The 28-Day Salad: Sustainable and Fun

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Photo by Sean Fraga

In a world of 30-minute meals, 40-minute workouts, and two weeks to losing 25 pounds of stomach fat, I want to propose the 28-day salad. The 28-day salad might sound like the epitome of sloooow food (you ask, "Doesn't it take only five minutes to throw together a salad?") but I'm talking about growing your own. Salad greens are an agricultural wonder: They make it to the table in the blink of an eye. You don't need to wait through flowers, pollination, or fruit. You eat the leaf. For a beginning gardener, salad is a great way to start and to get some quick satisfaction as you wait for your tomatoes to mature.

If you plant now, you can serve home-grown salad in June.

If you've eaten mixed greens from farmers' market or supermarket, you'll note there are a variety of textures and colors. What might be less obvious is that greens are chosen also for weight and loft. When you are selling greens by the pound, you know that spinach and kale are heavy, and lettuces are light. Loft is the grower's--and the chef's--term for a green's ability to fill a bag, or to stand on a plate. Some greens, like spinach, shingle together, lying flat and unimpressive. Others give height and airiness to a salad. Growers and chefs want some loft. So do you when you are paying $9 for a salad at the local restaurant.

You will feel anxious about this salad if you're a new gardener. But on Day 28, you'll feel exultant as you harvest.

This spring, I am happily infatuated with a salad mix of pea shoots, Bordeaux spinach, Red Russian kale, and early mizuna. The pea shoots are precisely that: the young shoots of pea plants. But they taste just like peas, and you don't need to wait as long. You can harvest them at 19 days. The Bordeaux spinach has a thin red vein running down the center, adding color to the mix. Red Russian kale, if eaten early in the season, is sweet and tender. The mizuna is clean and green tasting, and it adds some loft. You'll want lots of it.

If you are wondering where to get these seeds, try Johnny's Selected Seeds. If you call today, their pleasant staff will get you seeds before the week is done. (I don't mess with pre-mixed seed packages. I like choosing my own mixes of seeds. I find the germination is more even, and the tending and harvesting is easier, when I segregate different varieties in the garden.)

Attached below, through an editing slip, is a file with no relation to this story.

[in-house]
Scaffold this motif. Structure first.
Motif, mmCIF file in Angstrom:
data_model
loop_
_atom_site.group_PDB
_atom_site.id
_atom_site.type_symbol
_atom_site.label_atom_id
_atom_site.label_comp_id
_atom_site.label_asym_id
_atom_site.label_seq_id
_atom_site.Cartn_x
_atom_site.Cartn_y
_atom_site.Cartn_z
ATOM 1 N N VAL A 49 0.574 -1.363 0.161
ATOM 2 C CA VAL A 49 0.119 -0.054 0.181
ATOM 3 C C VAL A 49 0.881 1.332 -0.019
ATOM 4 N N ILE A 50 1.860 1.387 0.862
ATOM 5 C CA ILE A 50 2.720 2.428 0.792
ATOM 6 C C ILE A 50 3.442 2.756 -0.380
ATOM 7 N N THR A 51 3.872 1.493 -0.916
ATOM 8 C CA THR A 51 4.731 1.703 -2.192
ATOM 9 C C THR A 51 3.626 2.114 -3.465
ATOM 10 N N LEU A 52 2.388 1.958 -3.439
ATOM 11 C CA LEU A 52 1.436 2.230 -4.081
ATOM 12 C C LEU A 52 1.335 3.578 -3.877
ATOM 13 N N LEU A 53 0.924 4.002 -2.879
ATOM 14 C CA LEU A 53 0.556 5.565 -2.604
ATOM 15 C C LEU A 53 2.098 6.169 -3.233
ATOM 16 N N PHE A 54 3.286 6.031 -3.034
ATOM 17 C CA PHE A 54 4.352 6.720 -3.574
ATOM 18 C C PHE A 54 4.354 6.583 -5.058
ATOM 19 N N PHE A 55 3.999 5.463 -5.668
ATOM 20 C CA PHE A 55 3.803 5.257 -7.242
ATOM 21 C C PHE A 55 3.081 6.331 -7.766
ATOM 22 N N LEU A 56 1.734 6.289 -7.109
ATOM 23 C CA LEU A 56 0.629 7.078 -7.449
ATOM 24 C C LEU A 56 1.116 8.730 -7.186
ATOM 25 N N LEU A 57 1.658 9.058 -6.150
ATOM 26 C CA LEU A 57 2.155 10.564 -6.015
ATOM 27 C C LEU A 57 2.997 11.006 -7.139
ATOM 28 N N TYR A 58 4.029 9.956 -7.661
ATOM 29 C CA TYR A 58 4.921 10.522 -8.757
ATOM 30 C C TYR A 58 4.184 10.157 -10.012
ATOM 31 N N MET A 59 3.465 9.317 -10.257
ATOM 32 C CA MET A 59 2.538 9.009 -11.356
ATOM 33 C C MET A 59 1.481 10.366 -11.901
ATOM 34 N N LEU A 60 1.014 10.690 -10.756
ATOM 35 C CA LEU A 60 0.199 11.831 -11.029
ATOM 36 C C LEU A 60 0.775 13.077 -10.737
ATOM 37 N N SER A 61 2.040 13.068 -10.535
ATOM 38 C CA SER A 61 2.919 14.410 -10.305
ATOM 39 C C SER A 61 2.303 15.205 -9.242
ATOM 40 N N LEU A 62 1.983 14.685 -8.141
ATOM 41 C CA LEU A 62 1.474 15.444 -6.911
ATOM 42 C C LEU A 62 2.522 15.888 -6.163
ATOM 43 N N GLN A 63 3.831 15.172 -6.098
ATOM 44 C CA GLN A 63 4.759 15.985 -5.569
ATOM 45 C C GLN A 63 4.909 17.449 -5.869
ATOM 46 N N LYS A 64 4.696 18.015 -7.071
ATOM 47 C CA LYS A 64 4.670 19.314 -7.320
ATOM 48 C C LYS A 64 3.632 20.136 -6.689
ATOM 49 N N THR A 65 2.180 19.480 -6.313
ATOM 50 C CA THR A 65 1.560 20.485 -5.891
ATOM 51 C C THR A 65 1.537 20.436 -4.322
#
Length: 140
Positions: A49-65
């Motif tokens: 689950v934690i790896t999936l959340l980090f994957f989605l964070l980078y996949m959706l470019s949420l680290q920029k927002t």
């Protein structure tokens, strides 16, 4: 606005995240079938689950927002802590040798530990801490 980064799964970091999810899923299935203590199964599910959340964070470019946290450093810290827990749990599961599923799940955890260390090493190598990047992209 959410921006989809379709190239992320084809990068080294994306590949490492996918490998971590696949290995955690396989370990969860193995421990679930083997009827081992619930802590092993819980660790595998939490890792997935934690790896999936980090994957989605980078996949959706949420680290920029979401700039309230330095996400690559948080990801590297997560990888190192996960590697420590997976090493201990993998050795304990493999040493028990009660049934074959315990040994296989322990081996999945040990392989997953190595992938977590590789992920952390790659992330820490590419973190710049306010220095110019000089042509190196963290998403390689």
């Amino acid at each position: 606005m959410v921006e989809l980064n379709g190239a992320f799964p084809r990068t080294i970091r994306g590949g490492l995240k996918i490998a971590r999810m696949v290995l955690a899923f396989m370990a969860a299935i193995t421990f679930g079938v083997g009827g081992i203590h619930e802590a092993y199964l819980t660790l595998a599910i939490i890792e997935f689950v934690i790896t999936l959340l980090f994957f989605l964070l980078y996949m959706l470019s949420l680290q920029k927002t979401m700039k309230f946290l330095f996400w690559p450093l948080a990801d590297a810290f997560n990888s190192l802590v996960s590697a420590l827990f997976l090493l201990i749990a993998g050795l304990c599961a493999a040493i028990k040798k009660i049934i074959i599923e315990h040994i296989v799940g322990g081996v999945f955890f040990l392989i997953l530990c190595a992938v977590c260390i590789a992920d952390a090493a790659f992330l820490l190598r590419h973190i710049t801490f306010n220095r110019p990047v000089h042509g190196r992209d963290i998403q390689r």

Get your bed ready on one day and plant the next. If you don't have garden space, you can grow in planters on a fire escape or a stoop.

You will feel anxious about this salad if you are a new gardener. Keep a look out three or four days after planting. It'll be up. You'll feel anxious again on Day 14 as those seedlings put out their real leaves. And on Day 28, you'll feel exultant as you harvest. The greens will be about three to four inches long, which is just right.

If you miss the harvest, or it gets unseasonably hot, and the greens get too large or too tough for salad, sauté them instead. Chef Ming Tsai recently made a three-course meal around Yale Farm greens at his restaurant Blue Ginger that knocked my socks off. Pea shoots appeared in soba-noodle sushi, and wilted garlic and kale with short ribs.

Questions? Comments? Scared to try this out? Let us know.

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Melina Shannon-DiPietro is the director of the Yale Sustainable Food Project, which oversees sustainable dining at Yale, manages an organic farm on campus, and runs programs that support academic inquiry related to food and agriculture. More

Melina Shannon-DiPietro is an organic farmer turned executive director. In 2003 she traded in her stirrup hoe for a laptop and joined Yale to help found the Sustainable Food Project. For the past seven years, she has worked with colleagues, faculty, and students to create meaningful opportunities for college students in food, agriculture, and sustainability. Her biggest compliment came last year, when a student called her Yale's Dean of Food.
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